This claim always seemed hard to believe. For one, Rudy Giuliani had repeatedly mentioned the Burisma-Biden tie in media appearances and tweets that year — he talked about it constantly. Yet Sondland testified he had completely missed all of Giuliani’s media appearances, and that when he talked to Giuliani, only “Burisma” (not “Biden”) was discussed.
President Trump, too, we know, blatantly framed investigating Burisma as investigating the Bidens during his July 25 call with Ukrainian President Volodymr Zelensky.
Sondland also was not on that call, so he wouldn’t have heard that. Yet Sondland phoned Trump the morning of the call (July 25), and the day after the call (July 26), to discuss it. (Sondland testified he couldn’t remember what he talked to Trump about on the first call, and that his memory of the second call was only jogged by another witness’s testimony.)
Sondland also met with Ukrainian presidential adviser Andriy Yermak the day after the call. It would be rather strange if the word “Biden” never came up in any of these interactions.
Beyond that, two witnesses have testified that, in separate instances in July, they heard Sondland specifically mention investigating “Biden.”
- Lt. Col. Alexander Vindman, an NSC staffer, testified that after a White House meeting with Ukrainian officials on July 10, Sondland “emphasized the importance of Ukraine delivering the investigations into the 2016 election, the Bidens, and Burisma.” Vindman said he told Sondland this was inappropriate.
- David Holmes, a Kyiv-based State Department official, testified that when he was having lunch with Sondland at a restaurant on July 26, Sondland called Trump. Afterward, Holmes says he asked whether Trump cared about Ukraine, and Sondland said Trump only cared about “big stuff” that benefits him, ‘like the ‘Biden investigation’ that Mr. Giuliani was pushing.”
Finally, during her own testimony on Thursday, former NSC staffer Fiona Hill was asked whether Sondland could really have been ignorant of the Burisma-Biden connection. “It is not credible that he was oblivious,” she said.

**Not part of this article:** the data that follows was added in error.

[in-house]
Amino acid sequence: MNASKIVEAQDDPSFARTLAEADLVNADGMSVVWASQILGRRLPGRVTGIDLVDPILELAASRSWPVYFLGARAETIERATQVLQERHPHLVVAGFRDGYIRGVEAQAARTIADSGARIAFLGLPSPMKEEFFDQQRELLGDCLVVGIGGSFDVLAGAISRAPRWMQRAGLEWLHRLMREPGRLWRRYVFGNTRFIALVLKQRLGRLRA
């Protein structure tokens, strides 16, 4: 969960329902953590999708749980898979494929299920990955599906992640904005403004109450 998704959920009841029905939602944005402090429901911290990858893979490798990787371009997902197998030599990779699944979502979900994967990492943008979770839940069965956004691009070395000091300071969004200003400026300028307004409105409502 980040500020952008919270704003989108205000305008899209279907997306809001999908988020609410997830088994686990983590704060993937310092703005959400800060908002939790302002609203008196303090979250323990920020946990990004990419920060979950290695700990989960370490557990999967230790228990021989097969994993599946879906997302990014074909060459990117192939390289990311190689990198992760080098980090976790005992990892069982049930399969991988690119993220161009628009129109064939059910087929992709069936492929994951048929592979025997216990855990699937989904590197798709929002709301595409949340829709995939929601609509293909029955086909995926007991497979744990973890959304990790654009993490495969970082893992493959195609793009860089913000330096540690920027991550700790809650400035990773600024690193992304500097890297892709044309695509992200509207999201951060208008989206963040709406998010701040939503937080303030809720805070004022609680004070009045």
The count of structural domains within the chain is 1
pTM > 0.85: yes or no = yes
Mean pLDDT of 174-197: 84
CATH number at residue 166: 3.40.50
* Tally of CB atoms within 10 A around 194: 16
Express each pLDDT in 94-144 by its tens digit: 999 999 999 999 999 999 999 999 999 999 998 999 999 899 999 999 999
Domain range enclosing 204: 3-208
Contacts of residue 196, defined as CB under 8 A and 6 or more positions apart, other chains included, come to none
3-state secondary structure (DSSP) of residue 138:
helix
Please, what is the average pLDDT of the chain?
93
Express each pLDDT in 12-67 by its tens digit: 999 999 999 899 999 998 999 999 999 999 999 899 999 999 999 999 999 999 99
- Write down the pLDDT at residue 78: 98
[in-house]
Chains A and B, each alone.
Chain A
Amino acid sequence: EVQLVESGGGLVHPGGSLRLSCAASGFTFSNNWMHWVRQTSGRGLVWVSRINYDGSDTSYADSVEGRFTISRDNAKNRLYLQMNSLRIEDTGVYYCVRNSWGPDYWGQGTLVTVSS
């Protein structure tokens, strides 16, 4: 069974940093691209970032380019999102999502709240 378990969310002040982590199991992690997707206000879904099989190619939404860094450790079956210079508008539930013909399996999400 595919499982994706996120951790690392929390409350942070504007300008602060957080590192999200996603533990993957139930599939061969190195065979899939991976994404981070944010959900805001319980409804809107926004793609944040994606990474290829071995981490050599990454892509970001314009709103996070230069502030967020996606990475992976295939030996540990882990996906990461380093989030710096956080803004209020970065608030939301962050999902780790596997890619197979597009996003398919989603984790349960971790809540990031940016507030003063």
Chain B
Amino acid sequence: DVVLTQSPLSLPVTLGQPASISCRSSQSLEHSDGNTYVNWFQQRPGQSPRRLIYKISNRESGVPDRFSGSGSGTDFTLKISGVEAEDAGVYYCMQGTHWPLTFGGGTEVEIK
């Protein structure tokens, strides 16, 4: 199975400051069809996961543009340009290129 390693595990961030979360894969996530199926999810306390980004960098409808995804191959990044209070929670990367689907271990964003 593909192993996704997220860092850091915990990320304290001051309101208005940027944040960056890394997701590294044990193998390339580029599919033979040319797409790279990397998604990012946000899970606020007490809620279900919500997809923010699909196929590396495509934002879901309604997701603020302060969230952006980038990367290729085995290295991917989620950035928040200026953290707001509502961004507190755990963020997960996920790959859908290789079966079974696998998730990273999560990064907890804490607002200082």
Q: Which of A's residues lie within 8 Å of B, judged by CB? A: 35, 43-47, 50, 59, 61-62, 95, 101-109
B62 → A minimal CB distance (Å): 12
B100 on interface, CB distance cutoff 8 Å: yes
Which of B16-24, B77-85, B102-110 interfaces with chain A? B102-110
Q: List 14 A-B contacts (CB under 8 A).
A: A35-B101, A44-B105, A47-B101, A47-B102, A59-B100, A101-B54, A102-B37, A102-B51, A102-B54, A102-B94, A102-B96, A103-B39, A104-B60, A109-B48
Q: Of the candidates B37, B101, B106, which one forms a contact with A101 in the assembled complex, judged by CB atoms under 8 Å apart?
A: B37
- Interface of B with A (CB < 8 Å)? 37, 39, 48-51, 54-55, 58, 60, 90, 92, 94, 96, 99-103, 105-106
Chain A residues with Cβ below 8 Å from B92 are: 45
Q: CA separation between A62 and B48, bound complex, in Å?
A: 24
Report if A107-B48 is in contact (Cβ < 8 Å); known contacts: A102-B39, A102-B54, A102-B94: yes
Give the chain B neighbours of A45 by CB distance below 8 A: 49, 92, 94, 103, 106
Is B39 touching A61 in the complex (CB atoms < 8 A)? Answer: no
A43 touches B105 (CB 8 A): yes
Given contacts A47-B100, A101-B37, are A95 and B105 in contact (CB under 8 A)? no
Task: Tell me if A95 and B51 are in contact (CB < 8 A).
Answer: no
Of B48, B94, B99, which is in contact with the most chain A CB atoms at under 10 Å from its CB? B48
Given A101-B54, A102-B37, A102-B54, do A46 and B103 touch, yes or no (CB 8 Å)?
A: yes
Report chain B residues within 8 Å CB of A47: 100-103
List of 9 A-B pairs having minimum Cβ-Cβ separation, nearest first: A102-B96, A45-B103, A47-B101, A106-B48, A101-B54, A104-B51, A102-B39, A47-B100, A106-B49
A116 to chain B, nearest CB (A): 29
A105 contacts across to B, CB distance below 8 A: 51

The weight of evidence, other witness testimony, and simple common sense contradicts Sondland’s account here. And if he is still not being fully forthcoming on this topic — what else might he be continuing to hide?
Sondland can’t remember calls with Trump during the most important period of the scandal
In Sondland’s testimony, he openly confirmed that there was a “quid pro quo” offered to Ukraine: Zelensky would get the White House meeting he badly wanted, as long as the Ukrainians publicly announced investigations.
Yet that was only the first quid pro quo at the heart of this scandal. Sondland’s account of the second and even more scandalous quid pro quo — releasing hundreds of millions of dollars in blocked military aid for Ukraine, in exchange for Ukrainians — is far murkier.
It’s important to understand the timeline here. Trump ordered the aid blocked back in July. However, witnesses have suggested, and documents have corroborated, that through July and August, discussions with the Ukrainians did indeed focus on the White House meeting for Zelensky, and not yet the blocked aid.
That all changed on August 28, when news that Trump was blocking the aid became public. The Ukrainians panicked. “Need to talk to you,” Yermak wrote to US special representative for Ukraine Kurt Volker in a text message.